The hayat is a term for an architectural element of the vernacular architecture in the East-Mediterranean areas that were formerly part of the Ottoman Empire. It can be described as a courtyard or a balcony, depending on the building. It is a semi-open space, covered by a wooden construction, and serves as an entrance and extension of the house to the public. Although there are variations in the typology, depending on the area, the hayat was commonly used in the domestic architecture of the whole region, appearing both in rural cottages and vernacular settlements.
The term hayat, translated in Turkish as life, was integrated into common Greek language (χαγιάτι) and has an Arabic root: hayah. This linguistic connection is interesting because vernacular architecture has been a disputed subject in these areas. Since the mid-1800s, after the fall of the Ottoman Empire, each of the emerging nation-states (such as Turkey, Greece, Bulgaria, Serbia, etc.) turned towards a nationalistic view of cultural heritage, as a way to proclaim their sovereignty. In the case of Greece, research on vernacular architecture has often tried to create links with the Byzantine Empire (seen as authentically Greek, Christian, etc.) and renounces the Ottoman past, while similar cases of re-constructing a heritage are registered in Turkey and Serbia.
However, the special focus of my research is the function and use of these spaces in everyday life, particularly in the spatial context of the rural areas in southwestern Greece. Thus, the analysis is based partly on personal experience and stories shared in my family regarding my grandparents’ hayat in Agrinio, Greece. Built in 1902, the house was located on the outskirts of the town, where the extended family (mostly the women) were growing tobacco leaves. The hayat was the part of the house where people spent most of their time and, interestingly enough, the character of the space is semi-public: on one hand it works as an entrance to the private part of the house, but it was also the living room, often a kitchen, and a gathering space for people of the neighbourhood to chat, eat, and sometimes work. The hayat can be characterised as a communal space, very close to the notion of a common courtyard, but its openness towards the public varies geographically, due to the climate or the cultural context (for example, in Iran it was a private communal space for the extended family).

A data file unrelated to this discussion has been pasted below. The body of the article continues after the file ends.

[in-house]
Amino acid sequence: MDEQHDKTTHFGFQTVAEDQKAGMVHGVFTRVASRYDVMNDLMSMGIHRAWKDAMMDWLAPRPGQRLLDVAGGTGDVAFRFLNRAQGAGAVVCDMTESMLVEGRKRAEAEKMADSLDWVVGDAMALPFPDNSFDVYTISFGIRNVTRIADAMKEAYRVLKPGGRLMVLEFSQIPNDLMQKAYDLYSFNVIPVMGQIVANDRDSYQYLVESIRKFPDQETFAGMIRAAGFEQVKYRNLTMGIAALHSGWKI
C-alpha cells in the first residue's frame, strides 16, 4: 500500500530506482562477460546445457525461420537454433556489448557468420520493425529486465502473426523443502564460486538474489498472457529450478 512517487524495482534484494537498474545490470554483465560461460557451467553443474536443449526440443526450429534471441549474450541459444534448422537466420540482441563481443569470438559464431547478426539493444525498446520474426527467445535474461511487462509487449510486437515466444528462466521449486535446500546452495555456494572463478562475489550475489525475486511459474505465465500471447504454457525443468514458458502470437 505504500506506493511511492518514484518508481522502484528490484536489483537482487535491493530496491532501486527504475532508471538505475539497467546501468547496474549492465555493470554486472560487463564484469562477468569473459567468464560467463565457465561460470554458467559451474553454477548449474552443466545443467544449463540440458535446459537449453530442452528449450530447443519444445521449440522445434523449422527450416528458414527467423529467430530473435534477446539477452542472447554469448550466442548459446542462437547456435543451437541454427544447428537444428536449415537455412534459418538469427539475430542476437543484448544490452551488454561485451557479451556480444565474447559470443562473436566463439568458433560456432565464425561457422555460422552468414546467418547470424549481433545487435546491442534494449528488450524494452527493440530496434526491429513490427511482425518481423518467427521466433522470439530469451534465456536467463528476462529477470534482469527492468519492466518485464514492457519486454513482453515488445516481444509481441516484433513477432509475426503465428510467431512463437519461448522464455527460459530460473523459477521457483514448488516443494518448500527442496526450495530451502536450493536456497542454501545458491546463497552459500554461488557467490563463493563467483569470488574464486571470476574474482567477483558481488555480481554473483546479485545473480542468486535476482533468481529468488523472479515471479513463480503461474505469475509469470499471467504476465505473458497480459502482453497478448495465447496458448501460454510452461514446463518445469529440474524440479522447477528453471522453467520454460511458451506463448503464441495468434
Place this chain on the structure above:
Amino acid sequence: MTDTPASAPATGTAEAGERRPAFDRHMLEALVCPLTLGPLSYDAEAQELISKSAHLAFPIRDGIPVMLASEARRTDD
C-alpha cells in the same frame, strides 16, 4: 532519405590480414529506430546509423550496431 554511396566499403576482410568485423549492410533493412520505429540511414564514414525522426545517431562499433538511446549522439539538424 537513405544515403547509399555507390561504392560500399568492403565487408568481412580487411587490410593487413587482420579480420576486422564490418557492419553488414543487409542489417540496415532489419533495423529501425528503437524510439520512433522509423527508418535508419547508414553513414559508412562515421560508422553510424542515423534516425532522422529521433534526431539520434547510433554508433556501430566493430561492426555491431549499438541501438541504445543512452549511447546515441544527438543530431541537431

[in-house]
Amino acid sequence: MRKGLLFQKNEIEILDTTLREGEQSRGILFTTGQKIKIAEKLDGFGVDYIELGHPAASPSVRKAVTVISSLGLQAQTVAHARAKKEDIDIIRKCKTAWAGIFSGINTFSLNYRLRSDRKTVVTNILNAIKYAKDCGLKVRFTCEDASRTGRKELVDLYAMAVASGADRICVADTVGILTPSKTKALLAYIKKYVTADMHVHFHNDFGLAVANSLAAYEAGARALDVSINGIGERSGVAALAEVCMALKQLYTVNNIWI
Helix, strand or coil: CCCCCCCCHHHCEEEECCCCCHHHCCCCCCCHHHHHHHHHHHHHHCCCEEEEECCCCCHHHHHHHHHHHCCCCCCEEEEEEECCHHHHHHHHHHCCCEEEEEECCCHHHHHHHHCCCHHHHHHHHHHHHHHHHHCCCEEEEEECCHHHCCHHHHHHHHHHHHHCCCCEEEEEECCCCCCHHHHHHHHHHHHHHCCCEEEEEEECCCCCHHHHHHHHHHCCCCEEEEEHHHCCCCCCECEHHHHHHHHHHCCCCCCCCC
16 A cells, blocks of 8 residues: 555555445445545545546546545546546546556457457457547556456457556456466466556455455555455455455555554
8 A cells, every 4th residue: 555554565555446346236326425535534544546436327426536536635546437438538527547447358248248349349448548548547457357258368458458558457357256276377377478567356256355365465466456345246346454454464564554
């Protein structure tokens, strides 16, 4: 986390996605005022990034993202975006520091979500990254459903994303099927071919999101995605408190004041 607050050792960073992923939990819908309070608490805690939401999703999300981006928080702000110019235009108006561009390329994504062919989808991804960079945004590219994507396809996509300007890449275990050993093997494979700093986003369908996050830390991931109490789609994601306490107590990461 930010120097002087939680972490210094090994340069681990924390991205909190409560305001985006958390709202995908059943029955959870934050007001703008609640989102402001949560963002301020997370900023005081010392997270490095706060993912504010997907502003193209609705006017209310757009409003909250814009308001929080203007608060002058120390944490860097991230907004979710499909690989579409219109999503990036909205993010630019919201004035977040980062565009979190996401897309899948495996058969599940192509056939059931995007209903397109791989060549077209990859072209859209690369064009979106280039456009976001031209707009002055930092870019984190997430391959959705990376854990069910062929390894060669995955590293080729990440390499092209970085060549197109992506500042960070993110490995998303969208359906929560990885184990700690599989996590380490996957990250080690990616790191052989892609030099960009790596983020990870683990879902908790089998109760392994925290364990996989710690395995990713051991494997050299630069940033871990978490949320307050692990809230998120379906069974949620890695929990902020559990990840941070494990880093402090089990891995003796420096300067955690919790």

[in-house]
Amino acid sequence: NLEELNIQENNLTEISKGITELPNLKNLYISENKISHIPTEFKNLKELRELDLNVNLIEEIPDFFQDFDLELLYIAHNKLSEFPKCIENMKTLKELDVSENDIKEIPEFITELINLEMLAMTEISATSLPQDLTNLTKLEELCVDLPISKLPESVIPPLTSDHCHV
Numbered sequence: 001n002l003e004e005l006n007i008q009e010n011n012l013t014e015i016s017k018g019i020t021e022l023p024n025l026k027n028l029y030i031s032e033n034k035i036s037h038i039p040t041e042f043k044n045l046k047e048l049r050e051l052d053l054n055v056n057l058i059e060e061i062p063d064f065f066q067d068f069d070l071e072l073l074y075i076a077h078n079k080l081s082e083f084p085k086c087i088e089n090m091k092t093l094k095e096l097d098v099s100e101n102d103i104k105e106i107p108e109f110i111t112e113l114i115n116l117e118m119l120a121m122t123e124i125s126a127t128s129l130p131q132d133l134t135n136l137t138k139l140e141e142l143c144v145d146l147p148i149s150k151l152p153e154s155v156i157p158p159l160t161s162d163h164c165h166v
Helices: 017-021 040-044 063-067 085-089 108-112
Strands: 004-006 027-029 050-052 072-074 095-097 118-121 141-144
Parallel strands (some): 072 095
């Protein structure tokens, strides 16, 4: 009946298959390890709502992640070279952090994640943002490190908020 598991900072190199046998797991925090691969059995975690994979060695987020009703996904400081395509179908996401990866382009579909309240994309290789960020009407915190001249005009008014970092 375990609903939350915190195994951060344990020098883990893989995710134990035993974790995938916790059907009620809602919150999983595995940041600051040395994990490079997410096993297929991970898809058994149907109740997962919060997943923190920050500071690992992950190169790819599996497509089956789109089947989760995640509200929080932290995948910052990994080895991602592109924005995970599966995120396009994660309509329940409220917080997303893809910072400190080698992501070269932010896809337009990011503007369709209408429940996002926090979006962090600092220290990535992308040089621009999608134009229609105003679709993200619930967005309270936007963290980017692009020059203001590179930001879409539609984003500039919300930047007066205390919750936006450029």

In the study of vernacular architecture, variations in the hayat’s typology can be identified in relation to social fabric and proximity to settled areas. The hayats located inside towns are usually more privacy-oriented, in contrast to rural areas, where the communities were depending on collectivity, not only for labour but also in a need for sociability: there, these spaces served as a centre for the communal aspects of life. The cultural significance of the hayat stems from the moments of shared discussions, celebrations, and funerals that took place as performative acts of public life. Especially for women, who were limited to domestic environments and labour, the hayat was a vital social space. Therefore, the hayat was a communal space in practice that provided a platform for learning by sharing experience.
The aim of this research is to look into the different adaptations of the essence of the hayat in the contemporary context, embedded with notions of migration and gender. Knowledge in this case is produced by the spill-over of the private into the public, by making people visible and challenging dominant narratives. For this reason, the project seeks to explore performative acts of communities that challenge traditional notions of public/private, and identify the spatial conditions of these practices in the urban landscape.